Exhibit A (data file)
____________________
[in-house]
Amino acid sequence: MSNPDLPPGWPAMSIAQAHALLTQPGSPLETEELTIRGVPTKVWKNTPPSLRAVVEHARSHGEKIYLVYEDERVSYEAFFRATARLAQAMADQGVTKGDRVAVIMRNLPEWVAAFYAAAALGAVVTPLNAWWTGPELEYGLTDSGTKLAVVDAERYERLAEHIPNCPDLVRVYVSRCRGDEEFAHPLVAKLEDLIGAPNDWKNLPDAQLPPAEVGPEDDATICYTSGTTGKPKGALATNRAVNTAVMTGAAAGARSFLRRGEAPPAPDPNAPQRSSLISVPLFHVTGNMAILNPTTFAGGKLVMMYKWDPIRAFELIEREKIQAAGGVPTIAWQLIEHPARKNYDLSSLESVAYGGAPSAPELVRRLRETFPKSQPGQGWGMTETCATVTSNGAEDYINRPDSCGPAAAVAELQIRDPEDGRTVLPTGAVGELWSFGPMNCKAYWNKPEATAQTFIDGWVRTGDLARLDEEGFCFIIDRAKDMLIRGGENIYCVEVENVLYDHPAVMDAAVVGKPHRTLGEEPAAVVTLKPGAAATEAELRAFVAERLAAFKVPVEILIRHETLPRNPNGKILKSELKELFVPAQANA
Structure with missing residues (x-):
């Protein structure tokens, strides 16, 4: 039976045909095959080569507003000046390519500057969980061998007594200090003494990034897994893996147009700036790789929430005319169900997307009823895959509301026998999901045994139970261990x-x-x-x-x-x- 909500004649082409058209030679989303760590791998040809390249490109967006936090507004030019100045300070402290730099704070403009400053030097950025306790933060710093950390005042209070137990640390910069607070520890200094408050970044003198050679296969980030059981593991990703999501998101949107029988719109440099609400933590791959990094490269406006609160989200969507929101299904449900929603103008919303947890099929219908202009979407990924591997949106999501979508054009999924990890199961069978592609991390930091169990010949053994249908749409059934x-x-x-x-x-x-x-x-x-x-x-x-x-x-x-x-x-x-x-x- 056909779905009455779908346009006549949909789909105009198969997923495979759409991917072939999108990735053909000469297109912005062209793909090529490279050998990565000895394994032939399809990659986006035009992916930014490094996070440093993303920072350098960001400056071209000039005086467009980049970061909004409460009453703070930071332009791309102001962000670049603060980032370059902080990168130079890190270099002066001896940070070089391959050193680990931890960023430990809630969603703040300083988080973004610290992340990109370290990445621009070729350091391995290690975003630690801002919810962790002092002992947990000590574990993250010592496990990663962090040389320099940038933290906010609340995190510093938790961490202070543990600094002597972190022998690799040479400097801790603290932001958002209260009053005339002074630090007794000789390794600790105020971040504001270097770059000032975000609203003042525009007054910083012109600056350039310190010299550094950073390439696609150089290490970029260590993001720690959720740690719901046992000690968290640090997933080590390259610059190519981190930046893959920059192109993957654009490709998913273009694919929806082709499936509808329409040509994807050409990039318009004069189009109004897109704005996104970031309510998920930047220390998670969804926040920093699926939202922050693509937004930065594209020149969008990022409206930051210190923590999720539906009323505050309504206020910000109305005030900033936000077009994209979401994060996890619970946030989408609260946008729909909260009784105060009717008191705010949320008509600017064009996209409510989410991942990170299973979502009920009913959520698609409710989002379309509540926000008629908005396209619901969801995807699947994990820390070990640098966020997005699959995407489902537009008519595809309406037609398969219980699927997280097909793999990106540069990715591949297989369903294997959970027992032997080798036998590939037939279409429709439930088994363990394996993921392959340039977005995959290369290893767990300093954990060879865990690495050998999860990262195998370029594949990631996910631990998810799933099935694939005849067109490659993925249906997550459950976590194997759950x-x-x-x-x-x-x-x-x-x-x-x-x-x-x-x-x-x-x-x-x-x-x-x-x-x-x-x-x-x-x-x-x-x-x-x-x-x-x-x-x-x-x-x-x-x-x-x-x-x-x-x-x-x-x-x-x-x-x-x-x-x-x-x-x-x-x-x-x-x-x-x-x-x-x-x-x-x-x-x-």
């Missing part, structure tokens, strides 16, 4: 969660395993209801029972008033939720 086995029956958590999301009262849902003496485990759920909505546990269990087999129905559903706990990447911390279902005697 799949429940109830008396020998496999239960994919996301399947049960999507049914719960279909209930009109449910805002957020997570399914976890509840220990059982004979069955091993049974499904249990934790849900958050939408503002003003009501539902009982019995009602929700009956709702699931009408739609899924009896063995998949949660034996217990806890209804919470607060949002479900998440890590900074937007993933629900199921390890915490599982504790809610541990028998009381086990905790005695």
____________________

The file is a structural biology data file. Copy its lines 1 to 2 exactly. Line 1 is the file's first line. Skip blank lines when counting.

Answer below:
[in-house]
Amino acid sequence: MSNPDLPPGWPAMSIAQAHALLTQPGSPLETEELTIRGVPTKVWKNTPPSLRAVVEHARSHGEKIYLVYEDERVSYEAFFRATARLAQAMADQGVTKGDRVAVIMRNLPEWVAAFYAAAALGAVVTPLNAWWTGPELEYGLTDSGTKLAVVDAERYERLAEHIPNCPDLVRVYVSRCRGDEEFAHPLVAKLEDLIGAPNDWKNLPDAQLPPAEVGPEDDATICYTSGTTGKPKGALATNRAVNTAVMTGAAAGARSFLRRGEAPPAPDPNAPQRSSLISVPLFHVTGNMAILNPTTFAGGKLVMMYKWDPIRAFELIEREKIQAAGGVPTIAWQLIEHPARKNYDLSSLESVAYGGAPSAPELVRRLRETFPKSQPGQGWGMTETCATVTSNGAEDYINRPDSCGPAAAVAELQIRDPEDGRTVLPTGAVGELWSFGPMNCKAYWNKPEATAQTFIDGWVRTGDLARLDEEGFCFIIDRAKDMLIRGGENIYCVEVENVLYDHPAVMDAAVVGKPHRTLGEEPAAVVTLKPGAAATEAELRAFVAERLAAFKVPVEILIRHETLPRNPNGKILKSELKELFVPAQANA